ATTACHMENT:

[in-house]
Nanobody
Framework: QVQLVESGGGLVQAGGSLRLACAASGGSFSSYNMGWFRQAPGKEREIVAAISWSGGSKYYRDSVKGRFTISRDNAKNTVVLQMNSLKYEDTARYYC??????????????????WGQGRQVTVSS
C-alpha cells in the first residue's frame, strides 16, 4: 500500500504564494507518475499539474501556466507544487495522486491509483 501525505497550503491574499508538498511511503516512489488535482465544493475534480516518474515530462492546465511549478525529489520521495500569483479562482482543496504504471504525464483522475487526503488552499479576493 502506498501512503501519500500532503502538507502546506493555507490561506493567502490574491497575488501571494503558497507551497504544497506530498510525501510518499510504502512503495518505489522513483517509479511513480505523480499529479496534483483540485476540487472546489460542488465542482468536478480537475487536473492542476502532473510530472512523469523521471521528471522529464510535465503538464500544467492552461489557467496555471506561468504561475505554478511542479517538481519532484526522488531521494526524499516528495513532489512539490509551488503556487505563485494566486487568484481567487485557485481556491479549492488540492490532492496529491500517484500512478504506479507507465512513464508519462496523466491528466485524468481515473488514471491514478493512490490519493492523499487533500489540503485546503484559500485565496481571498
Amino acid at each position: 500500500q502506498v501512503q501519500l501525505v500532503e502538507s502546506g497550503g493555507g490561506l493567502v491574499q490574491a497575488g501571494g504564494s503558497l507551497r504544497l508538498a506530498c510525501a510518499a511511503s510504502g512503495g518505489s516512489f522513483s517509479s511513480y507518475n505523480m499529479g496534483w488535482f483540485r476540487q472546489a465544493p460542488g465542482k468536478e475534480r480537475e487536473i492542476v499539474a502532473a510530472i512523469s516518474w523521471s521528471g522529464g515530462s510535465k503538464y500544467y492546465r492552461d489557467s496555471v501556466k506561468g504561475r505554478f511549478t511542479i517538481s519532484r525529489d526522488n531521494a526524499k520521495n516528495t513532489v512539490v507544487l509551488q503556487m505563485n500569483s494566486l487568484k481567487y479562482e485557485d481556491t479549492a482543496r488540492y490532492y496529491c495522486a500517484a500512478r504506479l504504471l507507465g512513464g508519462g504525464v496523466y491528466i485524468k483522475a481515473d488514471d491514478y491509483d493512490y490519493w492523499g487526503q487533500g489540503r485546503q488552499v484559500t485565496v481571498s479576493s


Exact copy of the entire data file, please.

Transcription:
[in-house]
Nanobody
Framework: QVQLVESGGGLVQAGGSLRLACAASGGSFSSYNMGWFRQAPGKEREIVAAISWSGGSKYYRDSVKGRFTISRDNAKNTVVLQMNSLKYEDTARYYC??????????????????WGQGRQVTVSS
C-alpha cells in the first residue's frame, strides 16, 4: 500500500504564494507518475499539474501556466507544487495522486491509483 501525505497550503491574499508538498511511503516512489488535482465544493475534480516518474515530462492546465511549478525529489520521495500569483479562482482543496504504471504525464483522475487526503488552499479576493 502506498501512503501519500500532503502538507502546506493555507490561506493567502490574491497575488501571494503558497507551497504544497506530498510525501510518499510504502512503495518505489522513483517509479511513480505523480499529479496534483483540485476540487472546489460542488465542482468536478480537475487536473492542476502532473510530472512523469523521471521528471522529464510535465503538464500544467492552461489557467496555471506561468504561475505554478511542479517538481519532484526522488531521494526524499516528495513532489512539490509551488503556487505563485494566486487568484481567487485557485481556491479549492488540492490532492496529491500517484500512478504506479507507465512513464508519462496523466491528466485524468481515473488514471491514478493512490490519493492523499487533500489540503485546503484559500485565496481571498
Amino acid at each position: 500500500q502506498v501512503q501519500l501525505v500532503e502538507s502546506g497550503g493555507g490561506l493567502v491574499q490574491a497575488g501571494g504564494s503558497l507551497r504544497l508538498a506530498c510525501a510518499a511511503s510504502g512503495g518505489s516512489f522513483s517509479s511513480y507518475n505523480m499529479g496534483w488535482f483540485r476540487q472546489a465544493p460542488g465542482k468536478e475534480r480537475e487536473i492542476v499539474a502532473a510530472i512523469s516518474w523521471s521528471g522529464g515530462s510535465k503538464y500544467y492546465r492552461d489557467s496555471v501556466k506561468g504561475r505554478f511549478t511542479i517538481s519532484r525529489d526522488n531521494a526524499k520521495n516528495t513532489v512539490v507544487l509551488q503556487m505563485n500569483s494566486l487568484k481567487y479562482e485557485d481556491t479549492a482543496r488540492y490532492y496529491c495522486a500517484a500512478r504506479l504504471l507507465g512513464g508519462g504525464v496523466y491528466i485524468k483522475a481515473d488514471d491514478y491509483d493512490y490519493w492523499g487526503q487533500g489540503r485546503q488552499v484559500t485565496v481571498s479576493s